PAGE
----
Innovating Through Artistry

The Poetry of Business

In Interesting Articles, WEBSITES & BLOGS on May 9, 2008 at 7:06 am

Thanks to the world wide web and google, here is an interesting light hearted blog post about the intersection of poetry in business written by Judith Kautz, writer and web developer of a site that offers small business owners help and support through online material and articles. Sound familiar?

So, if you are enjoying reading this blog you might also enjoy reading Small Business Notes. But don’t be gone for too long- be sure to come back and visit again soon.
Business and Poetry at first glance have little in common. Most people consider business as representative of the rational side of our society. Business is involved with profit and concrete ways of achieving it. Poetry represents the creative, more abstract side of the world. It deals with ideas and emotions, not the bottom line. Yet, on closer inspection, many areas of overlap actually exist.

For starters, there is a fair amount of poetry about business. Poems about business range from the whimsical — one Ogden Nash verse contemplating work begins

I sit in an office at 244 Madison Avenue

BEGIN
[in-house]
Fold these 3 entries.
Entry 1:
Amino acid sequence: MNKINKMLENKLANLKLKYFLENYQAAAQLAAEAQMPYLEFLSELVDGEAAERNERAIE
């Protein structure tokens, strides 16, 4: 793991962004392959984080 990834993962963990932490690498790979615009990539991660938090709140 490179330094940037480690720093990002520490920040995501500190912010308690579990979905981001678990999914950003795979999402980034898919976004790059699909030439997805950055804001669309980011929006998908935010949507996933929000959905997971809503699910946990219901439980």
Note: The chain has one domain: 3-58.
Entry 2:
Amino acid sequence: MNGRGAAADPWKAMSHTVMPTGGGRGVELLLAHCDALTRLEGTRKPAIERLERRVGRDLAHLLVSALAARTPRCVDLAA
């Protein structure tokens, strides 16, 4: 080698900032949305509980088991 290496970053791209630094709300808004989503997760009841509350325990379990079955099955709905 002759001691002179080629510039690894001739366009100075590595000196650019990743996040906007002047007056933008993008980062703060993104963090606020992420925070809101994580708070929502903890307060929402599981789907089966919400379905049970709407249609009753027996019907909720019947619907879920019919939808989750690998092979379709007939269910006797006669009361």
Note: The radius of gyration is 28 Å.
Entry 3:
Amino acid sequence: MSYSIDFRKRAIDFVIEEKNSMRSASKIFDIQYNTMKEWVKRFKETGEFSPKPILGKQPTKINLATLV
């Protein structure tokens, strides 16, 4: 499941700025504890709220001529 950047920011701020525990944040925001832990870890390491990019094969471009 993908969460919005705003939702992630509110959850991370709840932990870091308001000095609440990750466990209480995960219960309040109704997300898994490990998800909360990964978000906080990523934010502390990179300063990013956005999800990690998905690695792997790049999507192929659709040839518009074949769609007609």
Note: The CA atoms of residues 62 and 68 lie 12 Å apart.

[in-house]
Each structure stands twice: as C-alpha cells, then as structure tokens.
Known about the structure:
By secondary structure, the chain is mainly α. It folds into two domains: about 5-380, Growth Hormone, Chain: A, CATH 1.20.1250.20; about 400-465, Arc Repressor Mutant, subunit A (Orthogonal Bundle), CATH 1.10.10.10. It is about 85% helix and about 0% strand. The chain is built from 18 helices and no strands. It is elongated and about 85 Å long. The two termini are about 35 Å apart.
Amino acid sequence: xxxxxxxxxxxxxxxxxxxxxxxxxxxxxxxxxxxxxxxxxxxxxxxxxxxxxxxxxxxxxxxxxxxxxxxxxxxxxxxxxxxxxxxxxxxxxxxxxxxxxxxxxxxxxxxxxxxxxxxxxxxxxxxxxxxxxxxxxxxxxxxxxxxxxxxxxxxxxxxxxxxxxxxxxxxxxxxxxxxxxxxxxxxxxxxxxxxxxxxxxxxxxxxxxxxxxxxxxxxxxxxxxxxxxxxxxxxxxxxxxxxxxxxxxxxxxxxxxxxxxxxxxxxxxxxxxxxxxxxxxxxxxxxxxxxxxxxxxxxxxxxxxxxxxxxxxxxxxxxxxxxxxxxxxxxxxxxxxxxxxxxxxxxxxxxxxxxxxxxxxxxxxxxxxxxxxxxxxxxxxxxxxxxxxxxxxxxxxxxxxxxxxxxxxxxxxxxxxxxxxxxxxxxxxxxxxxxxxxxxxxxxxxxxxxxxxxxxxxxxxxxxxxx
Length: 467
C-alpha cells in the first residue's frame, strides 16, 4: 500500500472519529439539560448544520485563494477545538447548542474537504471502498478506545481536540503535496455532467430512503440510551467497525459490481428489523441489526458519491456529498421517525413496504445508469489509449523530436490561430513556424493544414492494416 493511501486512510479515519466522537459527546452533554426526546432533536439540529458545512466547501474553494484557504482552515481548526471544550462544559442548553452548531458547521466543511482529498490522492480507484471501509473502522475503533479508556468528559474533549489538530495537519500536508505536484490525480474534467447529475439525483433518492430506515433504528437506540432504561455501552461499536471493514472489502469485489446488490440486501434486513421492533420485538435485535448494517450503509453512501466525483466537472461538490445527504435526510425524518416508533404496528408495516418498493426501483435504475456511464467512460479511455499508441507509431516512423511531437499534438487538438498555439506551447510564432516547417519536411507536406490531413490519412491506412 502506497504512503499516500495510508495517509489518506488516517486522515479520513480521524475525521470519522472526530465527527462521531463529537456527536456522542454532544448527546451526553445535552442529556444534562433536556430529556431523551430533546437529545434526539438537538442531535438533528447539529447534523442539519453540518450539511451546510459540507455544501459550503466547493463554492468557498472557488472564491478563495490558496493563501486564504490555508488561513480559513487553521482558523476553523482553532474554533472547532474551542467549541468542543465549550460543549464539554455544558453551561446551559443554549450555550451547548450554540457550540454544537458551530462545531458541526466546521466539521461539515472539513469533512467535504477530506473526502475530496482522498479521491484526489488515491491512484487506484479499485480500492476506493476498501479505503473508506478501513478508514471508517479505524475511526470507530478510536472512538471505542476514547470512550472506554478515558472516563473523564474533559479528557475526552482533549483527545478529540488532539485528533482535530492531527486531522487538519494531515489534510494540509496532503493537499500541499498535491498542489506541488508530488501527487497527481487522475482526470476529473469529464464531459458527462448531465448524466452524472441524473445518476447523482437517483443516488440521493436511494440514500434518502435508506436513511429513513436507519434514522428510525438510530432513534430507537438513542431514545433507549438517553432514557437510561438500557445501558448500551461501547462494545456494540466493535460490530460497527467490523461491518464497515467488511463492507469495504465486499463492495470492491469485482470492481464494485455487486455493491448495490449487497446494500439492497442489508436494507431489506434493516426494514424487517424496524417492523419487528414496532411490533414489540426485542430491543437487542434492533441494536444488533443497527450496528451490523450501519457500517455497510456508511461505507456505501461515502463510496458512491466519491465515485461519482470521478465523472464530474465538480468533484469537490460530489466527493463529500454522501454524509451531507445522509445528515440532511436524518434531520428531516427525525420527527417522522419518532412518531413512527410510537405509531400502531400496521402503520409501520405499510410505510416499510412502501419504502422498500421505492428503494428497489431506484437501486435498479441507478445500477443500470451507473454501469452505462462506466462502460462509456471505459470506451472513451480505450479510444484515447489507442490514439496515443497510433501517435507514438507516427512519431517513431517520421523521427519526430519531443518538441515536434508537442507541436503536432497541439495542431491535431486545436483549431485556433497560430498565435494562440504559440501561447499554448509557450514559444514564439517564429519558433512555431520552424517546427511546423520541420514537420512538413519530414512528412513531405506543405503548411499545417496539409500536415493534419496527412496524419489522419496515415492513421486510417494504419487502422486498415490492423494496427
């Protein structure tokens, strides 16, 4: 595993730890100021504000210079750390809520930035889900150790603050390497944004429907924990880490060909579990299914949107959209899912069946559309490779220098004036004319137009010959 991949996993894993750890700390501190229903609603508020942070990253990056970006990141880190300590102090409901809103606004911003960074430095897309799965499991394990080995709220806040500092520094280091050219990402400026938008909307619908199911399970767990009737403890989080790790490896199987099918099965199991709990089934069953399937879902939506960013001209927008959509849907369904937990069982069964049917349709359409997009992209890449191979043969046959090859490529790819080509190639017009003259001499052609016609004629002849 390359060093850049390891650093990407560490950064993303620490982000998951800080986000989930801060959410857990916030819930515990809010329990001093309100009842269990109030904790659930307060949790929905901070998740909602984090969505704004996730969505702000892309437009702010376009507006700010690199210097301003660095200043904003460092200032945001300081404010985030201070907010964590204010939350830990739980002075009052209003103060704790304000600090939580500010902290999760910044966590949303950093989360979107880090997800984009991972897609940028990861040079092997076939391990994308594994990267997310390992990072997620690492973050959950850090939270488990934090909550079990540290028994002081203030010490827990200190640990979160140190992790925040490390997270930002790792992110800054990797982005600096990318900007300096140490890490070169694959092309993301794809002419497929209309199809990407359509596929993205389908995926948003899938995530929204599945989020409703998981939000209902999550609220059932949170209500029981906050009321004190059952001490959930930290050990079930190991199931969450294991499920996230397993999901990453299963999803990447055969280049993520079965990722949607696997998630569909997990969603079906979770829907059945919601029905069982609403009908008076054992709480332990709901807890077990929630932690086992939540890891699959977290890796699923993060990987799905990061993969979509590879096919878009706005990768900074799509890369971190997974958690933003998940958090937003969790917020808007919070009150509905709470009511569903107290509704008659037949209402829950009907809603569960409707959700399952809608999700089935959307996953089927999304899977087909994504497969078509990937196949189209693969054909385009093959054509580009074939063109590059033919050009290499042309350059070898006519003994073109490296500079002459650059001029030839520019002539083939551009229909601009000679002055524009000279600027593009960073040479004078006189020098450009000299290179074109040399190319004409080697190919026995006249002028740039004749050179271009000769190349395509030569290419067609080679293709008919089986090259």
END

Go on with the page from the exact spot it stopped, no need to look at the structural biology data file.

And say to myself You have a responsible job havenue?
Why then do you fritter away your time on this doggerel?

Here are some other famous and not so famous verses about business:

Carl Sandburg in his Chicago Collection addresses all aspects of Chicago life, including its business life. Skyscraper discusses what transpires in the daily life of a skyscraper; To Certain Journeymen is about the business of dying; and Working Girls muses on the flow of life.

Samuel Taylor Coleridge in Work Without Hope comments on the constancy of work as part of all nature.

Frank Halliwell in The Customer provides a tongue-in-cheek commentary on being put on hold.

Michael Benedikt writes what he calls “Prose Poems” that describe many aspects of the business of life.

Clearly, poetry about business covers all of history and all types of styles, but the common denominator is that it comments on this experience we call business. Uncovering the few examples I have cited here has been inspiring and fun, so much so that I have started a page that links to any poetry that relates to business. This should be a useful, ever-growing reference page of poetry about business.


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